05 Jul It’s Better in the Bahamas
“Where are you taking Amy for your 30th anniversary?”
“The Bahamas.” I answered
“Oh you’re going to love Atlantis”
My mind suddenly filled with visions of turbo-charged slides rocketing screaming kids under shark filled pools while sea turtles languidly swam through massive salt-water tanks tugging signs for “all you can eat conch fritters.”
“Uh…well we’re not actually going to Atlantis.”
Not us. We’ve been to Disney World many times so why bother with a Bahamian version? We wanted to see the real Bahamas, up close and personal. For years we’ve seen the commercials and often wondered; is the water really that blue, that clean, that amazing?
Are the people really that friendly? Are the starfish really that big?
Six months ago, with our 30th anniversary on the horizon, we started to plan our trip. We knocked around a multitude of destinations and we both kept coming back to the tropics. We’ve never been to the Caribbean and the thought of sinking our toes into a place that keeps time with the tides, where the sea is the clock, where we could enjoy the peace and serenity that only a natural setting offers was just too intriguing. And as we looked around we were captivated by the Instagram profile of one Katie Storr.
She’s a dive master with Stuart Cove’s Dive Bahamas and her underwater photos sold us on the Bahamas.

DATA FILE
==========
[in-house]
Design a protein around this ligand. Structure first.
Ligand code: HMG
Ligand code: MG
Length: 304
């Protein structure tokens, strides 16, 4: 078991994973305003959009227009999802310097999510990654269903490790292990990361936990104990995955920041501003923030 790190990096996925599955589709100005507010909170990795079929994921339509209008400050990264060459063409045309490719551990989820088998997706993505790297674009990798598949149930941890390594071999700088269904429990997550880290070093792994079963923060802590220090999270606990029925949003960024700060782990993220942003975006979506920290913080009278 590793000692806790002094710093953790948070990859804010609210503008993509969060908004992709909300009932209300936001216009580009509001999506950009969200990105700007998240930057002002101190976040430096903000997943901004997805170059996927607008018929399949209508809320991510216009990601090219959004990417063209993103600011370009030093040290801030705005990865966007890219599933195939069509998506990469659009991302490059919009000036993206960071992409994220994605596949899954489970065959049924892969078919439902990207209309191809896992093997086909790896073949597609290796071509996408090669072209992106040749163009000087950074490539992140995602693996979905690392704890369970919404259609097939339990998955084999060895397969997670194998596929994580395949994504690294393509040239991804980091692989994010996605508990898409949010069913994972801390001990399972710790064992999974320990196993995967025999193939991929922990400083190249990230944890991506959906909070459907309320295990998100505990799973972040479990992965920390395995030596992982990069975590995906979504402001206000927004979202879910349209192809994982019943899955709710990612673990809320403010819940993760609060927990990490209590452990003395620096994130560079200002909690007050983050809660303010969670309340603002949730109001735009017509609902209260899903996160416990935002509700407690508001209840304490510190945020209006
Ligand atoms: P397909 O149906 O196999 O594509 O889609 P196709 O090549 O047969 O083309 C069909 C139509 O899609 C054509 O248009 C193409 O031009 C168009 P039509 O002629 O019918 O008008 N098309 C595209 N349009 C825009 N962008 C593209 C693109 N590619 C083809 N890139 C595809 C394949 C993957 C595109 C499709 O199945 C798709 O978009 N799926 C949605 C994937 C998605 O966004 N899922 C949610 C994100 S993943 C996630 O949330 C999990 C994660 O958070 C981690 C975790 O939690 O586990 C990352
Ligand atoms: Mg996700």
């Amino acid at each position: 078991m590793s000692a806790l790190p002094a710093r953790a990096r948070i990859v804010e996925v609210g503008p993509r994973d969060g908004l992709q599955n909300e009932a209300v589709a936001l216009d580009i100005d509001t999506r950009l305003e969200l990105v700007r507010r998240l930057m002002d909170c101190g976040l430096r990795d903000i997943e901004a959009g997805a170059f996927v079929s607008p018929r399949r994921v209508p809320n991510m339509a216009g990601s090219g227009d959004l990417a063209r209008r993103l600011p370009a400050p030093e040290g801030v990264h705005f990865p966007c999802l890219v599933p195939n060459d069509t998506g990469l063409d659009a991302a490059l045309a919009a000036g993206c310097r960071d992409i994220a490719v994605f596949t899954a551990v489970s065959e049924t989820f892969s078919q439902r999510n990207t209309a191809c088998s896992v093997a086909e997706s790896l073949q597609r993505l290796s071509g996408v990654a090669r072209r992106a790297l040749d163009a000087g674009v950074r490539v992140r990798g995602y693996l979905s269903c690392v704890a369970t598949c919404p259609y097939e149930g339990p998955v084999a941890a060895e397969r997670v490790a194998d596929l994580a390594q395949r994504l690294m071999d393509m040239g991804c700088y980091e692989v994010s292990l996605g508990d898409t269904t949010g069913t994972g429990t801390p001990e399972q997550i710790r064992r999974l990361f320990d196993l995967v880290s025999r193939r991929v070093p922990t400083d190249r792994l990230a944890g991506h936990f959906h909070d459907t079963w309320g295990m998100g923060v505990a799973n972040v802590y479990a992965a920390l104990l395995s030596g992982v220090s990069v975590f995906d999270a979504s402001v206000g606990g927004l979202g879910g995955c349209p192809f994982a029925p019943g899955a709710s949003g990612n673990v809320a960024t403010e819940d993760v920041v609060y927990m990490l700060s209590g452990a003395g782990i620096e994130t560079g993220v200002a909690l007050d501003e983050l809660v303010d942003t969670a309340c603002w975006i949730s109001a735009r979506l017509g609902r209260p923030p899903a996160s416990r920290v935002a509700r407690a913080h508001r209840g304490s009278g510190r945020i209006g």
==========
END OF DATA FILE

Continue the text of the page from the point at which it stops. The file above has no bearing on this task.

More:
We blocked off our calendars and made our plans. We would stay at Sandyport Beach Resort, go bird watching with Scott Johnson, a science officer with the BNT, snorkel on Sandyport Beach, take a cooking class at the Graycliff Hotel, find the best bar in Nassau, seek out Bahamian cuisine, take in the national art Gallery, take a seaplane ride to a small hotel on another island, leap into a 600-foot-deep blue hole, and of course go diving with the folks at Stuart Cove. After we’d made our plans and were counting the days, the owner of Carriearl reached out and asked if we’d mind being their guest chefs for a night.
Would we mind? Are you kidding me? So how was it and what did we learn that would be of assistance to those planning their own Bahamas adventure? Well for one we brought too much underwear and I’ll explain later.
On a miserable, dreary day, we flew out of Charlotte, NC and had a bumpy flight dodging thunderheads until we were off the coast of Florida. The weather broke, the clouds and turbulence gave way to a gorgeous horizon that slowly turned from black to a shimmering turquoise. Bahamas means “shallow sea” a name given by Christopher Columbus. If you’ve never been to the Bahamas, the sight of that water can really bring out the child in an adult. As we eased below ten thousand feet and the vista opened, animated voices filled the aircraft. We touched down at Lynden Pindling International, so named for their first Prime Minister.
Now to find an Uber. Uh…first lesson learned, Uber hasn’t made it to the Bahamas and there are no taxi services, only private taxis. Each taxi is independent, so if you’re at a hotel or Airbnb, the manager will have a few drivers he or she prefers.
As the Bahamas are surrounded by 20 mph salt-laden air, the cars tend to look like outcasts from the latest Transformers movie. And they drive on the wrong side of the road. So, our first impression was a bit of a culture shock.